Branagh thankfully sidesteps the usual traps that could have led to either world becoming a chore. While I know nothing of how Asgard has been imagined before I do know that what I saw was simply breathtaking at times. The city landscape is just awe inspiring every time there was a camera shot that swooped over the pristine city that rests in a pillow of clouds at the center of the universe. I was constantly amazed with each new visual treat that appeared on screen from the bridge leading to the Bifrost (a portal that transports travelers between realms) to the frozen realm of Jotunheim. While we do spend most of our time within the walls of Asgard's main palace ( oh, and where were all the citizens of Asgard that were constantly mentioned?) that too had a remarkable sense of wonder to its simplistic design. Asgard and its surroundings were just as other worldly as one could imagine and helped give Thor its own unique identity in a realm filled with other super heroes trying to etch out a place in the theaters this summer.

Odin isn't to be trifled with.

Like I said though, Asgard makes up for little more than half of the film with a good majority of it (mostly the middle chunk) taking place back here on good ole Earth. This was the one spot I thought for sure I knew what was going to go down but I was pleasantly surprised by the different direction the film took here. I thought we were gonna get this long drawn out explanatory segment where Thor must explain himself and learn about our world as he fights off alien and domestic invaders alike. What we get instead is a very brief (and hilarious) fish out of water scenario with Thor trying to acclimate to our world with the guidance of Jane and her two assistants Erik (Stellan Skarsgard) and the very welcome comedic stylings of Kat Dennings as Darcy. All the moments with Thor on Earth felt right, there never once was a moment when I thought things were being dragged out or didn't make sense. I also really loved that it all took place in this small town in New Mexico instead of your cliche crime-ridden streets of New York or Los Angeles.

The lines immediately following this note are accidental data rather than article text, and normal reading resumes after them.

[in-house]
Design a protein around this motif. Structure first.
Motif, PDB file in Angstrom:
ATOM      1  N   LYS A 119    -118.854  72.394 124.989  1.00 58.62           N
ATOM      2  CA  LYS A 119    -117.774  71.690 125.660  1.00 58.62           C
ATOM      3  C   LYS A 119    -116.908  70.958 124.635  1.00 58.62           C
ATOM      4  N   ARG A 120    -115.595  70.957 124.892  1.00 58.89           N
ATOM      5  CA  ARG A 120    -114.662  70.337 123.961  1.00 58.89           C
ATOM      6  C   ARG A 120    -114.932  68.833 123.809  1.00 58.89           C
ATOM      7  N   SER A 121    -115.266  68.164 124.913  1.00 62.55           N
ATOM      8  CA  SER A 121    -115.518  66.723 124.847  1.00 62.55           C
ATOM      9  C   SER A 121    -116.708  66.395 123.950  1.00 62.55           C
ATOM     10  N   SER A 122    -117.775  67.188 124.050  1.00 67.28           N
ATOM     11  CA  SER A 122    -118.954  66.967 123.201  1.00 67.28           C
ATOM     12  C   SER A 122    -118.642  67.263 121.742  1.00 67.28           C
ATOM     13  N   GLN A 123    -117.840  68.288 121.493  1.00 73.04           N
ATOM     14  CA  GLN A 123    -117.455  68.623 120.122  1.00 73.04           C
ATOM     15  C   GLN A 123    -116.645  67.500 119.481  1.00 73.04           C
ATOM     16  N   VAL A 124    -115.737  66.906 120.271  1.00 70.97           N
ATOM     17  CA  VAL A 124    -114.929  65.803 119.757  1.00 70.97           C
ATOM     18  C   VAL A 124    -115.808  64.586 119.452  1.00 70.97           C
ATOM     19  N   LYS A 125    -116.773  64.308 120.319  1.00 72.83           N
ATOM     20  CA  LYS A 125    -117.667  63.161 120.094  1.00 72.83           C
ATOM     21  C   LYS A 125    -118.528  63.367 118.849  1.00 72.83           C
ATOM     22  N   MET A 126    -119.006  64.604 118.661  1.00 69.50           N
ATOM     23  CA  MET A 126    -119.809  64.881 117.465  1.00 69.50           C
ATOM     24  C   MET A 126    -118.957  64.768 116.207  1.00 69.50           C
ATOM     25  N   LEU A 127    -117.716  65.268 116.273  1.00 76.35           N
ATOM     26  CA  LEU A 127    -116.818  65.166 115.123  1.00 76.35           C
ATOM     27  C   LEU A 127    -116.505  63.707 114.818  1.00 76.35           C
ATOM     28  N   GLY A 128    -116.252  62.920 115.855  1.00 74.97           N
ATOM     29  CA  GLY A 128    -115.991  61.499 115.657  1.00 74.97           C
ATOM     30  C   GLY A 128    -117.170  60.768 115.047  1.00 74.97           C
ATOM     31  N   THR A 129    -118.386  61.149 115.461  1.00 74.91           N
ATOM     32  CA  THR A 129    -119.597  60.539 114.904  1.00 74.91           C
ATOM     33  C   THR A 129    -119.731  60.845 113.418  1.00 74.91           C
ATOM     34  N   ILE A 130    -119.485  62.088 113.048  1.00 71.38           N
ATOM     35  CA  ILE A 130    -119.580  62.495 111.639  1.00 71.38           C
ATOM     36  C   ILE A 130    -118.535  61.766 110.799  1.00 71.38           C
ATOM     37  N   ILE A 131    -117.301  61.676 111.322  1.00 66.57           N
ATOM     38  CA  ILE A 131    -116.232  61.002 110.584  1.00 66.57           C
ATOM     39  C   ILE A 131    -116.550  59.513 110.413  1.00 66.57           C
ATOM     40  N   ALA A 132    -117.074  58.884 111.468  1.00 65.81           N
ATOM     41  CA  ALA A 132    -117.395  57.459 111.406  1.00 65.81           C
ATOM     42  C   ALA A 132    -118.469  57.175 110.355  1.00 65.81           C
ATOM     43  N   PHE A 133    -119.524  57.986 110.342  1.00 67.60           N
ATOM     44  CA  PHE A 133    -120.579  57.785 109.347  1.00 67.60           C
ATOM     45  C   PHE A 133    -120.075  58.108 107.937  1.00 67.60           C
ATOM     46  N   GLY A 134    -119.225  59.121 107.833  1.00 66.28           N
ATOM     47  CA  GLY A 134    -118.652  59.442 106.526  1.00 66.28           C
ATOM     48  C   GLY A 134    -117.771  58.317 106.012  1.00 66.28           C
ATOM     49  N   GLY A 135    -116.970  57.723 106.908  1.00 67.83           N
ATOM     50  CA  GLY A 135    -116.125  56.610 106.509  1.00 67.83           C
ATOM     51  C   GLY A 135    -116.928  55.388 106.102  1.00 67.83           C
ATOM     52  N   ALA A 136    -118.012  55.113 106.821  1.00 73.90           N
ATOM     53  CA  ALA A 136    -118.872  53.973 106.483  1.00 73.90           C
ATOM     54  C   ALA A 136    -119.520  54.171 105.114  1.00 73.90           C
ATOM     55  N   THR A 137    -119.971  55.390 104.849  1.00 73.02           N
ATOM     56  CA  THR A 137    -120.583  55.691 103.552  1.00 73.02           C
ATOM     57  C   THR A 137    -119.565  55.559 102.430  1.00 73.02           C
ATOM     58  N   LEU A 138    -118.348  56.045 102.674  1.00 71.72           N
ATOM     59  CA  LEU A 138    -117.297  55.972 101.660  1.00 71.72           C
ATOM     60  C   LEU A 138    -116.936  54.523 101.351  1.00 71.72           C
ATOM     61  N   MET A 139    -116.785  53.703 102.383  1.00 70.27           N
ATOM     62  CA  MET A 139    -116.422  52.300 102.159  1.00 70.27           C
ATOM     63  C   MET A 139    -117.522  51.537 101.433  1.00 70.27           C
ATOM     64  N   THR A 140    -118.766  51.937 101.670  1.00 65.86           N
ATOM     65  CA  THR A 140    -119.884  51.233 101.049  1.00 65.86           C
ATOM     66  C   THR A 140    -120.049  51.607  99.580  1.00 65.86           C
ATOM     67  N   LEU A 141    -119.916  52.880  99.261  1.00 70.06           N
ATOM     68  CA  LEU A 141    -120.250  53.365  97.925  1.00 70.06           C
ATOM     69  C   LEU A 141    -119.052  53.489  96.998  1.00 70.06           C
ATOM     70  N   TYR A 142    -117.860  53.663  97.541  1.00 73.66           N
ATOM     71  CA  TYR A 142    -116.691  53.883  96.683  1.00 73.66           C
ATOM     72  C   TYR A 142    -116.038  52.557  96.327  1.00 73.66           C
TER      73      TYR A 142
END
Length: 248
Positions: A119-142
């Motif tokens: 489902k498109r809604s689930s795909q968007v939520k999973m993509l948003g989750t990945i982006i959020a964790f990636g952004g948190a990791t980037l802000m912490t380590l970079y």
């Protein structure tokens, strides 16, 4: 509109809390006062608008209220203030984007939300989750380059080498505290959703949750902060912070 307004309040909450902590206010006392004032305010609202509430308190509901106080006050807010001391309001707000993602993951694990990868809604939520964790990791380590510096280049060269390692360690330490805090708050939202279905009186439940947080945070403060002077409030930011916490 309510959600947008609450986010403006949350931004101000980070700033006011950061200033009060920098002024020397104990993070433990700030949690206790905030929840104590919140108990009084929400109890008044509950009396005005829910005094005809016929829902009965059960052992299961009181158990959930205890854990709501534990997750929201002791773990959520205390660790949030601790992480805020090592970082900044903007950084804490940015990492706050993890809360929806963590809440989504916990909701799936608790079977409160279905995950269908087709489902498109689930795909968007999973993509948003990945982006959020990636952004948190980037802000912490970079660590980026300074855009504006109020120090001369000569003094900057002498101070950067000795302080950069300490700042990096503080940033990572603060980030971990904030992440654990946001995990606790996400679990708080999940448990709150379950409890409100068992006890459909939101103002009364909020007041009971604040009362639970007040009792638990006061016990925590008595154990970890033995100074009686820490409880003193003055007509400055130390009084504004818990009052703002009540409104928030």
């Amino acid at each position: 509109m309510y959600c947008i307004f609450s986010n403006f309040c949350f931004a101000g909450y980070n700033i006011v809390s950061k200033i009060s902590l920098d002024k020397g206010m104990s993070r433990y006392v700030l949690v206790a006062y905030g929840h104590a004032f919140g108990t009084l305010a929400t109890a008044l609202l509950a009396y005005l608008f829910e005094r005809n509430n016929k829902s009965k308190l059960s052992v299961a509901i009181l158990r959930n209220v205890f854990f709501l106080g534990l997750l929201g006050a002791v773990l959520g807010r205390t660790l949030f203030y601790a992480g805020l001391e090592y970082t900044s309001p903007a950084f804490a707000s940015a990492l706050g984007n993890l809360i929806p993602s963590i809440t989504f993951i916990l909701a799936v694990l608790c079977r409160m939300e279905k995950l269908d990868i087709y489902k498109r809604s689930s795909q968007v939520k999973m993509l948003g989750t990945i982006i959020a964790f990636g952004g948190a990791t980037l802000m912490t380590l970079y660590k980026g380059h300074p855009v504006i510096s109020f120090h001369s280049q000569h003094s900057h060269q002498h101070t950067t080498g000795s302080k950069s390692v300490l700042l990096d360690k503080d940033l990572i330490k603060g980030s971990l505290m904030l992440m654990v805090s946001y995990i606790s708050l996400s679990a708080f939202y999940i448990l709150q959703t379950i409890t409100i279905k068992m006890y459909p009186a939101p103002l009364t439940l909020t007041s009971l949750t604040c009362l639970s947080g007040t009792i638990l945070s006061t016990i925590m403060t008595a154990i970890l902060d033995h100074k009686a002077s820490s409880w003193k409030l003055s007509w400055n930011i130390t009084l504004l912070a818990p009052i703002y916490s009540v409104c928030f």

There is one aspect of the time we spend with Thor on Earth that kind of bugged me a little though and that is regarding all the scenes with SHIELD. Ever since the first Iron Man, Marvel has been building up to the inevitable Avengers movie and thus we have seen our super hero movies invaded by SHIELD's presence more and more. In Iron Man it was cool, in The Incredible Hulk it was neat, in Iron Man 2 it was a bit much and now with Thor it felt like it was there only to reaffirm to us that the Avengers movie is still coming. Every scene involving SHIELD was inconsequential to this film's plot and appeared to be more fan service than anything (that is including a cameo that felt completely stitched on at the last minute). While the implementation of SHIELD in Thor wasn't nearly as invasive as it was in Iron Man 2 I still would have liked it to be more about Thor and less about the Avengers or at the very least make it fell more organic to the overall story instead of having them just show up all of a sudden in the middle of the desert.